Imagine you are writing a daily investment blog, so you are constantly looking for fun things to write about. Then, one day, you open your mailbox and find a paper in there with the title:
Mafia firms and aftermaths
And the first sentence of the abstract goes on to say: “We use a unique and unexplored dataset to investigate the determinants and effects of mafia firms in Italy”.
I mean, how could I possibly resist writing about that?
Maria Alfano and Claudia Cantabene from the University of Campagna (where else?) and Damiano Silipo from the University of Calabria (c’mon, you are making my life too easy here) looked at all the companies in Italy that were seized by the government for mafia-related activities as recorded by the National Agency for the Management of Assets Confiscated to the Mafias (ANBC) since 2010. And yes, this agency really exists, and it covers not just the Sicilian Mafia as the name suggests, but also the other organisations active in Italy, like the Camorra in Campagnia, the ‘Ndrangheta in Calabria and the Sacra Corona Unita in Apulia.
Based on this dataset the researchers tried to identify how mafia firms get established, what factors allow them to grow and how they do business. Furthermore, the researchers tried to figure out what the impact of mafia firms is on the local economy.
First, they looked at the distribution and size of mafia firms across the country. To nobody’s surprise, mafia firms can be found predominantly in the south of Italy and the main industries the mafia firms specialise in are construction (presumably to have enough shovels to dig holes and enough concrete to fill them), retail and the hospitality industry. But there are also a surprising amount of real estate and IT firms operated by the mafia.
Distribution of mafia firms by region
Source: Alfano et al. (2019).
On average, these mafia firms have higher revenues than legal local firms, but the standard deviation of revenues is also higher, leading the authors to conclude that “this implies that mafia firms undertake activities characterized by much higher returns but also higher risks”.
And while some people think that the mafia is in decline in Italy, the data on mafia firms contradicts this presumption. Mafia firms have grown rapidly, particularly in the south of Italy over the last decade. The research shows that mafia firms and implicitly the mafia as an organization has increasingly gone white collar. Today, mafia firms prefer corruption over violence, insofar as they tend to do their business in an orderly fashion and rely on corrupt officials to cover their activities. Municipalities that later were dissolved by the government due to a mafia takeover (yes, that happens regularly in Italy) had a significantly higher share of mafia firms in them. However, that does not mean that mafia firms aren’t violent. If bribery doesn’t work or if a corrupt town council is dissolved, then violence increases in that municipality indicating that there is a plan B for these companies.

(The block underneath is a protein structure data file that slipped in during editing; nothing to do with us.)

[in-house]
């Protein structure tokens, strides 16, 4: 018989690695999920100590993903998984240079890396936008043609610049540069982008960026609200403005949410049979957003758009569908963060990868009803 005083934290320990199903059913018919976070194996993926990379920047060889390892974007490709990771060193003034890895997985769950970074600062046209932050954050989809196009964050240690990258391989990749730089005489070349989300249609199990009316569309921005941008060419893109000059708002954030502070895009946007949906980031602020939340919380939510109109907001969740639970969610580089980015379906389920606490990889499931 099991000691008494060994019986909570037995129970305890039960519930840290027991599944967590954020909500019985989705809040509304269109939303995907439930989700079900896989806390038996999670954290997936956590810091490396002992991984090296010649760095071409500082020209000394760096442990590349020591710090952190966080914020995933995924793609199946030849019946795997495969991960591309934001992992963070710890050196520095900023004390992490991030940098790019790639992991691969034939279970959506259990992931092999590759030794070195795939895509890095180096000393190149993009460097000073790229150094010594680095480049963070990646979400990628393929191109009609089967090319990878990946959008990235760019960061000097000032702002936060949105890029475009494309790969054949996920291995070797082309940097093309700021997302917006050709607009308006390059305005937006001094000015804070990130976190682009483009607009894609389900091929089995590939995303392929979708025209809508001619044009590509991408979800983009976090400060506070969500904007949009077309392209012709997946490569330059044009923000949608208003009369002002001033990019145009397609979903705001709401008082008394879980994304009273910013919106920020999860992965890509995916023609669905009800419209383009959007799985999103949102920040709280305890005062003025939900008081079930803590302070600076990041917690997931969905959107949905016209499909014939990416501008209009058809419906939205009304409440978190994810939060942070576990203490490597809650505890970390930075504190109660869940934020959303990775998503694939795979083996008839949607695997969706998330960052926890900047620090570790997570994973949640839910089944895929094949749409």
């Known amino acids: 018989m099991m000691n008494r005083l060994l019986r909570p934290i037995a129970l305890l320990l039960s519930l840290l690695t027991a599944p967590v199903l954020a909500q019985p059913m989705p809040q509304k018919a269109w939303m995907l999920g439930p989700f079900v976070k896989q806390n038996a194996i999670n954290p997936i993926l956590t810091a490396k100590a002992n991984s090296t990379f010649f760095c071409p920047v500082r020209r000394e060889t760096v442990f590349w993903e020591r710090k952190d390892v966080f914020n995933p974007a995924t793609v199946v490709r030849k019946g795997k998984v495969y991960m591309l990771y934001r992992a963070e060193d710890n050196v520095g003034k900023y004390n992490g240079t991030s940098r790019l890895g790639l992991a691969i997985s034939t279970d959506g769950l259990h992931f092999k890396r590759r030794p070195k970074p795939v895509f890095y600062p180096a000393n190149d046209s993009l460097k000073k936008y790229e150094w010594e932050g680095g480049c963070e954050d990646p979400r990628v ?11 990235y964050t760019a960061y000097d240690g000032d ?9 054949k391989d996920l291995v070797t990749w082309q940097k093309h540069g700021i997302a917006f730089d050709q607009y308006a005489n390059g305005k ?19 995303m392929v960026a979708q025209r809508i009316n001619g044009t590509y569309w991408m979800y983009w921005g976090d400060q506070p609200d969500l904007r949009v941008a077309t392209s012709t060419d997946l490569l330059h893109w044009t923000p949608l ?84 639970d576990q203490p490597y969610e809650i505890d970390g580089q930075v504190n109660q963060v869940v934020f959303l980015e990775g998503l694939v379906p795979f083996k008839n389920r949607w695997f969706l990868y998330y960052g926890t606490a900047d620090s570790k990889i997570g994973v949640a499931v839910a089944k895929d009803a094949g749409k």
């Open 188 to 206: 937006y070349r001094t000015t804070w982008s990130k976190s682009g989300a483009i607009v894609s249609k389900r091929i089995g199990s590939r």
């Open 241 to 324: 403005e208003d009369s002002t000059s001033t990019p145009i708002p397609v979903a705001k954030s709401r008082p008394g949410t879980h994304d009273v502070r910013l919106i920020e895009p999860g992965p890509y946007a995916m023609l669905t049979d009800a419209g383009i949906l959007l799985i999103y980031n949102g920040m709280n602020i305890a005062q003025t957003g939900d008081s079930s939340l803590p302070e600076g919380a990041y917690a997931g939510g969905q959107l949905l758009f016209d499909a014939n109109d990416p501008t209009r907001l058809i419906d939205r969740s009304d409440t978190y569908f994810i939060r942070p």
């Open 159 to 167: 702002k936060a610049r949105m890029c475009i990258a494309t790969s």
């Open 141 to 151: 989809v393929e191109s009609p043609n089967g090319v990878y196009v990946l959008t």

What is surprising to me is that mafia firms not only have negative effects on the economy. Yes, mafia firms hamper entrepreneurship in their communities and run their competitors into the ground. But that’s what capitalism is all about, isn’t it? The better companies grow while the smaller, less efficient businesses face creative destruction.
But mafia firms allegedly also help mitigate the negative effects of recessions by reducing unemployment in bad times and migration from poorer regions to richer parts of the country. So, it isn’t all bad. One might almost think that in a recession, mafia firms are making offers, many unemployed can’t resist.